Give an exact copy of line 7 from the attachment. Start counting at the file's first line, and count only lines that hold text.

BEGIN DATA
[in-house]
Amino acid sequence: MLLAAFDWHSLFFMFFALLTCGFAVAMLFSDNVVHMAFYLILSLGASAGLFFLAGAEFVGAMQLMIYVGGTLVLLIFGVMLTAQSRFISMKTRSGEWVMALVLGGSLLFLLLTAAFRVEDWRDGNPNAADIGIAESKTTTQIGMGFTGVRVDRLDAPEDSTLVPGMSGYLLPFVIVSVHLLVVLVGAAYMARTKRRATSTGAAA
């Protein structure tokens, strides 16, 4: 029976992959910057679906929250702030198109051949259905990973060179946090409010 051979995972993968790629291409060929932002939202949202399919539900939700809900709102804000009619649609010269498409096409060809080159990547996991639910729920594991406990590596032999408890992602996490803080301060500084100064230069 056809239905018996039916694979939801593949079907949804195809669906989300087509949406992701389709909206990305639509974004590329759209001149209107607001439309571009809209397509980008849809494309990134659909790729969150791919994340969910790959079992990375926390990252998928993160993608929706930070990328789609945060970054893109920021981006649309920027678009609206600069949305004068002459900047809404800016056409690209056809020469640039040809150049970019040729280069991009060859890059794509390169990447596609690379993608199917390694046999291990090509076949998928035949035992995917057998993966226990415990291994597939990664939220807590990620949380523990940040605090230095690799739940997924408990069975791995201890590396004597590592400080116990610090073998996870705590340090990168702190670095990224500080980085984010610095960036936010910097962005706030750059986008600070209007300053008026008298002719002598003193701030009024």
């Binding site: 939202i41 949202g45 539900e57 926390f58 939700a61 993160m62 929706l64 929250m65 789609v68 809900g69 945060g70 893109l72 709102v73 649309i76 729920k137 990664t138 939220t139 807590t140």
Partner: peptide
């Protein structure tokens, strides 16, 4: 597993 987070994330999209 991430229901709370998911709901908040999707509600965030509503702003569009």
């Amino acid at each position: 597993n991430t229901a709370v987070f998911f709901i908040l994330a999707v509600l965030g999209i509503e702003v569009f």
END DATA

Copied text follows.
């Amino acid at each position: 597993n991430t229901a709370v987070f998911f709901i908040l994330a999707v509600l965030g999209i509503e702003v569009f």